AB - Progressive rock’s ‘golden age’ is typically defined as a decade beginning in the late 1960s and ending in the late 1970s. Extant histories and media coverage suggest that by the late 1970s progressive rock’s most visible and successful acts had either broken up, run out of steam, or begun to adopt a more mainstream, radio-friendly style. However, ‘progressive’ rock enjoyed a nascent revival in the early 1980s that had continuities with the 1970s, yet developed in its own particular ways. This chapter explores the history and media of the early 1980s progressive revival, and questions the use of the term ‘neo-progressive’ (now typically used to refer to this period of music and to a network of styles that supposedly developed from it). It considers both how bands sought to gain broader popularity/record deals, and how they were supported in their endeavours by trans-local scenes and specific infrastructures and individuals. The paper concludes by suggesting various reasons for the failure of the ‘progressive revival’ to gain traction at that time, though certain bands managed to persevere through fan support, and others later reformed after varying periods of inactivity. Indeed, some of these bands have careers that are considerably longer than those achieved by many of the first wave of progressive bands in the 1970s.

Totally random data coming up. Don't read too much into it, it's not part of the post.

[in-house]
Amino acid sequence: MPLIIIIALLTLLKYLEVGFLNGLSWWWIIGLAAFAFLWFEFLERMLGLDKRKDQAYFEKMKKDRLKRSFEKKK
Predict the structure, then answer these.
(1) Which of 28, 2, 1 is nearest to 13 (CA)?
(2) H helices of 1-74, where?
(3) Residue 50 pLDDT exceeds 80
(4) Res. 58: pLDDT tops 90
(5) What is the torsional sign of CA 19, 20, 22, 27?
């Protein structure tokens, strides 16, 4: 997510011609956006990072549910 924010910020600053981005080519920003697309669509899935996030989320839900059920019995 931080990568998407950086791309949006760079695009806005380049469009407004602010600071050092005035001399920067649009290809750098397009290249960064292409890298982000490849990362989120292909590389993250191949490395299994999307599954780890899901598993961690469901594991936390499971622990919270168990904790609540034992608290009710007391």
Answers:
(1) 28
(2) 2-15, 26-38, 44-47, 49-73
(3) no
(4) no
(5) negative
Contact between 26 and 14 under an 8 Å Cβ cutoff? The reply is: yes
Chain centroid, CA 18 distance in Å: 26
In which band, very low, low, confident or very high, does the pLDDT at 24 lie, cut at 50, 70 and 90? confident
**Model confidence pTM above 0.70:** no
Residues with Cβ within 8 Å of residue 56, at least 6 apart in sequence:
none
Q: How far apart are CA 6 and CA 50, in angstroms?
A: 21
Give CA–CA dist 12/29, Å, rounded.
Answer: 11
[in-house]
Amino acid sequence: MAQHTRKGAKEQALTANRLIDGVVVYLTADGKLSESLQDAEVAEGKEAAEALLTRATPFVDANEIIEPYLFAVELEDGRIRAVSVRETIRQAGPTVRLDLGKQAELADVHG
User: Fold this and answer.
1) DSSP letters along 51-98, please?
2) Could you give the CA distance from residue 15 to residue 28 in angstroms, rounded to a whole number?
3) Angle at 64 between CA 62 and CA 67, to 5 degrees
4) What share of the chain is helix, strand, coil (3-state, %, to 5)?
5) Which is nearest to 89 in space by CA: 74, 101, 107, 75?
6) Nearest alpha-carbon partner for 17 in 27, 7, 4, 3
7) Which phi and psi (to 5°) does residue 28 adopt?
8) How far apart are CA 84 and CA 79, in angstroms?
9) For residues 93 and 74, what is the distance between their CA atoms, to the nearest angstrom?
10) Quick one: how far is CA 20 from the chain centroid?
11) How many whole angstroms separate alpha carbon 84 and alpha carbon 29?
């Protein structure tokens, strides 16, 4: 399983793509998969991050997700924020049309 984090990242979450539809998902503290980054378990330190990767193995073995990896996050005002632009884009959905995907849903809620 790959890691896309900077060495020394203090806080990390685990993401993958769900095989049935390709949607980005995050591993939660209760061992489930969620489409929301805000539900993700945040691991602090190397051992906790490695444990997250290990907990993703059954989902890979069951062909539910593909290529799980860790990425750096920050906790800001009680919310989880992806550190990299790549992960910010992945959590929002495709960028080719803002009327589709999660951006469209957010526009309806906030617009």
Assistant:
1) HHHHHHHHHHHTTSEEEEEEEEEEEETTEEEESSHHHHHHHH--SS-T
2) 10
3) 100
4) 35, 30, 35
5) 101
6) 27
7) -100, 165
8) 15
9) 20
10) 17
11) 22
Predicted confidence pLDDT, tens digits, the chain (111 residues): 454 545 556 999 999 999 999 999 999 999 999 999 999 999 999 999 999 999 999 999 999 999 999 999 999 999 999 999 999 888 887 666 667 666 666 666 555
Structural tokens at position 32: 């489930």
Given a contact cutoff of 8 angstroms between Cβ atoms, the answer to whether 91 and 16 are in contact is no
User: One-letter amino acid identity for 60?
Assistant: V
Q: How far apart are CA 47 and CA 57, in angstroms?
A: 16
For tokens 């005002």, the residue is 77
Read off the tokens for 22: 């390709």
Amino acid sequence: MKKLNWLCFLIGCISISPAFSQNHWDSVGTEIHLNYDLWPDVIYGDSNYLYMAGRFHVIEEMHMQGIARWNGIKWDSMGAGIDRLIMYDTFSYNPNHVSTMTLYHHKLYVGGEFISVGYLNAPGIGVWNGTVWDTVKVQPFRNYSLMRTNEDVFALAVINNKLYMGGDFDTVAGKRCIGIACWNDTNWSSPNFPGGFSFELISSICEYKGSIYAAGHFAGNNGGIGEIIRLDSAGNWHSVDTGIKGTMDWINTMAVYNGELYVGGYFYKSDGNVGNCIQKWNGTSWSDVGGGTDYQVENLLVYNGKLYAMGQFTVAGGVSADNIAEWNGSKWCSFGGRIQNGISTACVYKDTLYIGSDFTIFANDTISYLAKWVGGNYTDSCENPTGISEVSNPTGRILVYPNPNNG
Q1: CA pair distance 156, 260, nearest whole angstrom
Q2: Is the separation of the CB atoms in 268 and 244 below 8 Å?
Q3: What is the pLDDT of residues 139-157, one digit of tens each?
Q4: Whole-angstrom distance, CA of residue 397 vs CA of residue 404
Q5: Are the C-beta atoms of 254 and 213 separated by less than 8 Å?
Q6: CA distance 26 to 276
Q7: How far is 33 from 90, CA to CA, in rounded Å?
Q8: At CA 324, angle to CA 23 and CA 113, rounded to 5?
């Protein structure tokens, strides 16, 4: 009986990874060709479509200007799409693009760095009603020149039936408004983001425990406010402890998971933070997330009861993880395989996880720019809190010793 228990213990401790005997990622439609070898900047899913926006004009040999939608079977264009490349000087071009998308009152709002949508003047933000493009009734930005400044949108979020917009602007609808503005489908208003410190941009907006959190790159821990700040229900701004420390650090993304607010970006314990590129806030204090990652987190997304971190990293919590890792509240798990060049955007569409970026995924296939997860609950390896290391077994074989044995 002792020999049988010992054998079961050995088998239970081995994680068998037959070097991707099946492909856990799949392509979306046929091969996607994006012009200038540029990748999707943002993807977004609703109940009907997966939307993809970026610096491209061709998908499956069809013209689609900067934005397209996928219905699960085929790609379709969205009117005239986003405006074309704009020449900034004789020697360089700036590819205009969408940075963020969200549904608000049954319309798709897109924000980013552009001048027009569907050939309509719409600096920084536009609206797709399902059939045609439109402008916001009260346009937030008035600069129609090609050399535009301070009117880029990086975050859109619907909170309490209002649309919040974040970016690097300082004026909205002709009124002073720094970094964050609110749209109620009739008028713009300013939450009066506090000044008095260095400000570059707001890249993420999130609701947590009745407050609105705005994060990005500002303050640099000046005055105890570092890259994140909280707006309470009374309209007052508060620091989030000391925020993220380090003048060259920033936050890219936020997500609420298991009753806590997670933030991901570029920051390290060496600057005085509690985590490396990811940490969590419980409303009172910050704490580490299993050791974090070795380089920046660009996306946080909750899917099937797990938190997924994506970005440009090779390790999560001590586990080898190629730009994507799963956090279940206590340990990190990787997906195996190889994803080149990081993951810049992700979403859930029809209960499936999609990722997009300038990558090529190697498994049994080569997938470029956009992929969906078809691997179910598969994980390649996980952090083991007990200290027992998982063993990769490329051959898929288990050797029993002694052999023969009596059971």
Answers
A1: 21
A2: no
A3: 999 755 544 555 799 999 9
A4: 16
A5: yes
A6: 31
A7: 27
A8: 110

M3 - Chapter

SP - 151

EP - 164

BT - Prog Rock in Europe. Overview of a Persistent Musical Style

A2 - Gonin, Philippe

PB - Editions Universitaires de Dijon

CY - Dijon

ER -

Anderton C. Fire in Harmony: the 1980s UK British progressive rock revival. In Gonin P, editor, Prog Rock in Europe. Overview of a Persistent Musical Style. Dijon: Editions Universitaires de Dijon. 2016. p. 151-164